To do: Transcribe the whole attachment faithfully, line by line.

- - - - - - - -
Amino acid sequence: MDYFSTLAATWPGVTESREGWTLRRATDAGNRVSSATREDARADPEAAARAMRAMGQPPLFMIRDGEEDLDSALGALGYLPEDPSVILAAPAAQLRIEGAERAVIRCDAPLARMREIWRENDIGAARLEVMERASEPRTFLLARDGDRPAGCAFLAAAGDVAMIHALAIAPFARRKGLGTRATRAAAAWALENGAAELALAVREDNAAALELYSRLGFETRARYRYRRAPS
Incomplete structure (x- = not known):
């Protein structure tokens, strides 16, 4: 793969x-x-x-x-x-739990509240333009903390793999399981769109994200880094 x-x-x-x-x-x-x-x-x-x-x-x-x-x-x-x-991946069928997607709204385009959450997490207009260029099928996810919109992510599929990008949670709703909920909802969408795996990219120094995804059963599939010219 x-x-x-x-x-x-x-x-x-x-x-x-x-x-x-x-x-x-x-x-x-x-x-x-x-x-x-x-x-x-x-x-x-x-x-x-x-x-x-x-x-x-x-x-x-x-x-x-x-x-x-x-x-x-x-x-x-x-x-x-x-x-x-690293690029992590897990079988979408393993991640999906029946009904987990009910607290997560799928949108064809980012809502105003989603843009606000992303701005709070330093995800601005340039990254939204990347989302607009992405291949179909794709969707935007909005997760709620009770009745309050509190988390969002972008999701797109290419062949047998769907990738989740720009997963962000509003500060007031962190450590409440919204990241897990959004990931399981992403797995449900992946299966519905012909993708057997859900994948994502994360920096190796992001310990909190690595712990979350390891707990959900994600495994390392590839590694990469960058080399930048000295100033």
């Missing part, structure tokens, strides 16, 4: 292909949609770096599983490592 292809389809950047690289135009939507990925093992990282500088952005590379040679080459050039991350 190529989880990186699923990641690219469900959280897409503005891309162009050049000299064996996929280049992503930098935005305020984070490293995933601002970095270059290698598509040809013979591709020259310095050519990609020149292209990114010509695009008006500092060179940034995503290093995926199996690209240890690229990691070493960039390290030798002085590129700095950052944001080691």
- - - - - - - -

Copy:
Amino acid sequence: MDYFSTLAATWPGVTESREGWTLRRATDAGNRVSSATREDARADPEAAARAMRAMGQPPLFMIRDGEEDLDSALGALGYLPEDPSVILAAPAAQLRIEGAERAVIRCDAPLARMREIWRENDIGAARLEVMERASEPRTFLLARDGDRPAGCAFLAAAGDVAMIHALAIAPFARRKGLGTRATRAAAAWALENGAAELALAVREDNAAALELYSRLGFETRARYRYRRAPS
Incomplete structure (x- = not known):
């Protein structure tokens, strides 16, 4: 793969x-x-x-x-x-739990509240333009903390793999399981769109994200880094 x-x-x-x-x-x-x-x-x-x-x-x-x-x-x-x-991946069928997607709204385009959450997490207009260029099928996810919109992510599929990008949670709703909920909802969408795996990219120094995804059963599939010219 x-x-x-x-x-x-x-x-x-x-x-x-x-x-x-x-x-x-x-x-x-x-x-x-x-x-x-x-x-x-x-x-x-x-x-x-x-x-x-x-x-x-x-x-x-x-x-x-x-x-x-x-x-x-x-x-x-x-x-x-x-x-x-690293690029992590897990079988979408393993991640999906029946009904987990009910607290997560799928949108064809980012809502105003989603843009606000992303701005709070330093995800601005340039990254939204990347989302607009992405291949179909794709969707935007909005997760709620009770009745309050509190988390969002972008999701797109290419062949047998769907990738989740720009997963962000509003500060007031962190450590409440919204990241897990959004990931399981992403797995449900992946299966519905012909993708057997859900994948994502994360920096190796992001310990909190690595712990979350390891707990959900994600495994390392590839590694990469960058080399930048000295100033």
């Missing part, structure tokens, strides 16, 4: 292909949609770096599983490592 292809389809950047690289135009939507990925093992990282500088952005590379040679080459050039991350 190529989880990186699923990641690219469900959280897409503005891309162009050049000299064996996929280049992503930098935005305020984070490293995933601002970095270059290698598509040809013979591709020259310095050519990609020149292209990114010509695009008006500092060179940034995503290093995926199996690209240890690229990691070493960039390290030798002085590129700095950052944001080691």